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Adams/Granato: In for the long haul


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2 hours ago, LabattBlue said:

Not to keep rehashing things, but maybe they wouldn’t have had to rely on “league help”, if they had just gone out and hired an experienced and successful hockey exec to run the entire show to begin with.  The last decade+ is a black eye on the franchise that will sting for some time.  I will stop looking at him as a bumbling meddling fool when his team proves it to me. 

Out of curiosity, if the Sabres start to excel and keep it up how will you view Pegula then? 

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3 hours ago, Doohickie said:

I think in the Pegulas' case, it's not paranoia.  They went with leadership choices that were league darlings.  They failed.  Wanting to pick their own GM under those circumstances isn't paranoia, it's the voice of experience.

Much of that is mitigated if they would have hired an experienced GM instead of repeatedly trying to capitalize on the next good future GM.  
 

Im sure they had league darling GMs with experience as an actual NHL GM that were recommended as well.

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1 hour ago, Weave said:

Much of that is mitigated if they would have hired an experienced GM instead of repeatedly trying to capitalize on the next good future GM.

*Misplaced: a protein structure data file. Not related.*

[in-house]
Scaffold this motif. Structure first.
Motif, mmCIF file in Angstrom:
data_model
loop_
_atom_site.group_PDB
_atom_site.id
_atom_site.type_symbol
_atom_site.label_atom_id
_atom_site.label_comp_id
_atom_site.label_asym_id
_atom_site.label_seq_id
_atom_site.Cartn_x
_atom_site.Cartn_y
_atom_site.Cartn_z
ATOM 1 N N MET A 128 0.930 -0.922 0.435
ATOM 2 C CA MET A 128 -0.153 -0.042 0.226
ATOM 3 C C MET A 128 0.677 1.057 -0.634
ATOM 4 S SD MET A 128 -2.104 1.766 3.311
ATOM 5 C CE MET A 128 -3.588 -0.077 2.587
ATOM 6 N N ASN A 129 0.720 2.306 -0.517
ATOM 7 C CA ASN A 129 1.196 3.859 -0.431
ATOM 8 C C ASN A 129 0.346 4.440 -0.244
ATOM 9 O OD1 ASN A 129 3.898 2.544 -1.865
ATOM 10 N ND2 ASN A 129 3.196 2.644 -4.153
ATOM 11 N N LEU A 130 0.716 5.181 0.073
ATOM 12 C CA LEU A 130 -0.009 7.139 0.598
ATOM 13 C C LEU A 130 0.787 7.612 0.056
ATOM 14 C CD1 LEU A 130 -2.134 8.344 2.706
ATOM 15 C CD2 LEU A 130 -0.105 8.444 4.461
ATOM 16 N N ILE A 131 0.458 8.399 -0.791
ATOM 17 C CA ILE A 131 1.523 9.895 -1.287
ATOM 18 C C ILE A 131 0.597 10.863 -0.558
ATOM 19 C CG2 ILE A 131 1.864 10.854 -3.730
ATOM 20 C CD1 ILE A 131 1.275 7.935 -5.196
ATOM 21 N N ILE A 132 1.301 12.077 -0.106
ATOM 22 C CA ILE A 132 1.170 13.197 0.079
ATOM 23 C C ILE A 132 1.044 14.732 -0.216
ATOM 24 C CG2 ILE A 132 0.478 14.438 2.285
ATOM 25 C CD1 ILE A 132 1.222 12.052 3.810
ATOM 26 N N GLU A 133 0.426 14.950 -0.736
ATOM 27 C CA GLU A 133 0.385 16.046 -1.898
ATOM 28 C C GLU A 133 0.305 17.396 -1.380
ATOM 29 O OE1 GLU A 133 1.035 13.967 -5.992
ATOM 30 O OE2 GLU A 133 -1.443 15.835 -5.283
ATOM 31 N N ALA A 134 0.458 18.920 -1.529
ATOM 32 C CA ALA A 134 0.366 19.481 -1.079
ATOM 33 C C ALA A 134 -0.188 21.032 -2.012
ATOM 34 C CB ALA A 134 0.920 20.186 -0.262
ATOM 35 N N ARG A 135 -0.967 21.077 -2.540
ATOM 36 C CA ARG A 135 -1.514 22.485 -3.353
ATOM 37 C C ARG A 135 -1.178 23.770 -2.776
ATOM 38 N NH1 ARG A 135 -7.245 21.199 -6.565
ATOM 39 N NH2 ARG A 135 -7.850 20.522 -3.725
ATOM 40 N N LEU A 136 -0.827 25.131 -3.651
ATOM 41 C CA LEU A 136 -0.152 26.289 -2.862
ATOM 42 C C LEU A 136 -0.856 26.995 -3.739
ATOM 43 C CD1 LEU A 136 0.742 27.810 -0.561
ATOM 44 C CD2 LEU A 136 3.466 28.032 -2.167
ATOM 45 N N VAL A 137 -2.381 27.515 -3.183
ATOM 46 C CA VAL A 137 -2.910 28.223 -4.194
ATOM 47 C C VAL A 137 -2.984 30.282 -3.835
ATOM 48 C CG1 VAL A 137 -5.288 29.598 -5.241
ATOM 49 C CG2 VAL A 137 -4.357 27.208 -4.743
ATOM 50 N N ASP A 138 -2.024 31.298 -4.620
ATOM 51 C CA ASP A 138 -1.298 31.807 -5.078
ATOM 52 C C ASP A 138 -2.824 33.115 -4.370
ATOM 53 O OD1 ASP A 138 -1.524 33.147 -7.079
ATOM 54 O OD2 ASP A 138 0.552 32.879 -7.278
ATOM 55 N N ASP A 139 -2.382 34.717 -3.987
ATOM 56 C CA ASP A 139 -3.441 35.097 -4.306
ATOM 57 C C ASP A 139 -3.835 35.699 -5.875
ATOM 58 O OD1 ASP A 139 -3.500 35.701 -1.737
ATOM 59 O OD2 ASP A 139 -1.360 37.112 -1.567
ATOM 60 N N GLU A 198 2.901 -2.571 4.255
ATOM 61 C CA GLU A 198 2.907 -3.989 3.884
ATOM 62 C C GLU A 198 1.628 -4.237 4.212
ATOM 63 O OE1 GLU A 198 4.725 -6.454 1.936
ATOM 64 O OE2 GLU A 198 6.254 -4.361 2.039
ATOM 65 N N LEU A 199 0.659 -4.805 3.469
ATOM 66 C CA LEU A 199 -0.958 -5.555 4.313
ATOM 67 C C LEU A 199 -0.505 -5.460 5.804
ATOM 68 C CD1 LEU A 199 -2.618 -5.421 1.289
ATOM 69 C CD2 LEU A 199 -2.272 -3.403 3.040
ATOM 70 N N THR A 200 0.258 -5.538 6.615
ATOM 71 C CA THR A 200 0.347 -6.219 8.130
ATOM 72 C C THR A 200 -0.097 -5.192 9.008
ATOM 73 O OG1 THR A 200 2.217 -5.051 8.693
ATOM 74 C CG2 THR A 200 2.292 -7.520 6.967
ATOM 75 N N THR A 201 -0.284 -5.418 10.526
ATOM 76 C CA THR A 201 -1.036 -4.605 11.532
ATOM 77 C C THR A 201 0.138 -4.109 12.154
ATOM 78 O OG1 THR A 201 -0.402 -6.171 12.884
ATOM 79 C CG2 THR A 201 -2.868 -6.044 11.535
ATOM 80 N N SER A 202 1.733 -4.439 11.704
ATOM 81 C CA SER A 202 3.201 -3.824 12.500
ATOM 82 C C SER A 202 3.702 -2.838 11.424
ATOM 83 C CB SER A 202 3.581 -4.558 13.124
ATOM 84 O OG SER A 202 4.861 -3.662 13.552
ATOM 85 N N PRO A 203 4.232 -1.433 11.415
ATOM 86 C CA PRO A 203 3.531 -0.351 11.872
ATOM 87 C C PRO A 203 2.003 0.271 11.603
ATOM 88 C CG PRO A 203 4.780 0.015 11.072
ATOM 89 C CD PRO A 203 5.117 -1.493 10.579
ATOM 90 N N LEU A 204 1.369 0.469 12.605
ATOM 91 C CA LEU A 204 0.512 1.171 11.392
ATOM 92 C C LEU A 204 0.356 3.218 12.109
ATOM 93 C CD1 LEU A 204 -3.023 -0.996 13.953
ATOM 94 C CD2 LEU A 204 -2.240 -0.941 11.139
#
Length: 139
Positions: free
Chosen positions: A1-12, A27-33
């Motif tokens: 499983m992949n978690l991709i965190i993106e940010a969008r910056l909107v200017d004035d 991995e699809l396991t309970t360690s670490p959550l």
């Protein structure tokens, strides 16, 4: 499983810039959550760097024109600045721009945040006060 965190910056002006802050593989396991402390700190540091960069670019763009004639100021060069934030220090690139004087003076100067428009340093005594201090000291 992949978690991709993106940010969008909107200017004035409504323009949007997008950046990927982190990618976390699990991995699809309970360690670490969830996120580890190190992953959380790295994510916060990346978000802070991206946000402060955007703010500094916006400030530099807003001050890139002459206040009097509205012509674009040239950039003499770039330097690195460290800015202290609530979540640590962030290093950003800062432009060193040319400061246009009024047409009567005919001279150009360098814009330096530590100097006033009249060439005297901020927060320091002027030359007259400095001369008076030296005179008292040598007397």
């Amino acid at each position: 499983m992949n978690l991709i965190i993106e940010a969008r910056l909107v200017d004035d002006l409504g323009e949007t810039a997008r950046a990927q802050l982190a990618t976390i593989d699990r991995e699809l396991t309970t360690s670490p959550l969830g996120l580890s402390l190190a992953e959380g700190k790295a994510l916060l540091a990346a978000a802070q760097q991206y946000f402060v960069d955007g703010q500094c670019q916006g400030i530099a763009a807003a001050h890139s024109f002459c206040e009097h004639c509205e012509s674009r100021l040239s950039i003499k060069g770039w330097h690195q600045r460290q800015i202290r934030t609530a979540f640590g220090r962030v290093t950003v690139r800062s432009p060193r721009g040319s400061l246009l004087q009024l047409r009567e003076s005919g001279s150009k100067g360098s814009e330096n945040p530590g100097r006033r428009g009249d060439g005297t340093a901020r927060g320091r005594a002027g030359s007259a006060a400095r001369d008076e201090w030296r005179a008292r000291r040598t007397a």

Im sure they had league darling GMs with experience as an actual NHL GM that were recommended as well.

Well, TP did retain Darcy, who was a respected and experienced GM at the time, as his initial GM.  

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5 hours ago, LabattBlue said:

Not to keep rehashing things, but maybe they wouldn’t have had to rely on “league help”, if they had just gone out and hired an experienced and successful hockey exec to run the entire show to begin with.  The last decade+ is a black eye on the franchise that will sting for some time.  I will stop looking at him as a bumbling meddling fool when his team proves it to me. 

But he listened to you all when Ruff was fired?  Which is it?  Either he pulled the strings and did what you wanted, which was a complete failure, or he doesn’t pull the strings.

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3 hours ago, Eleven said: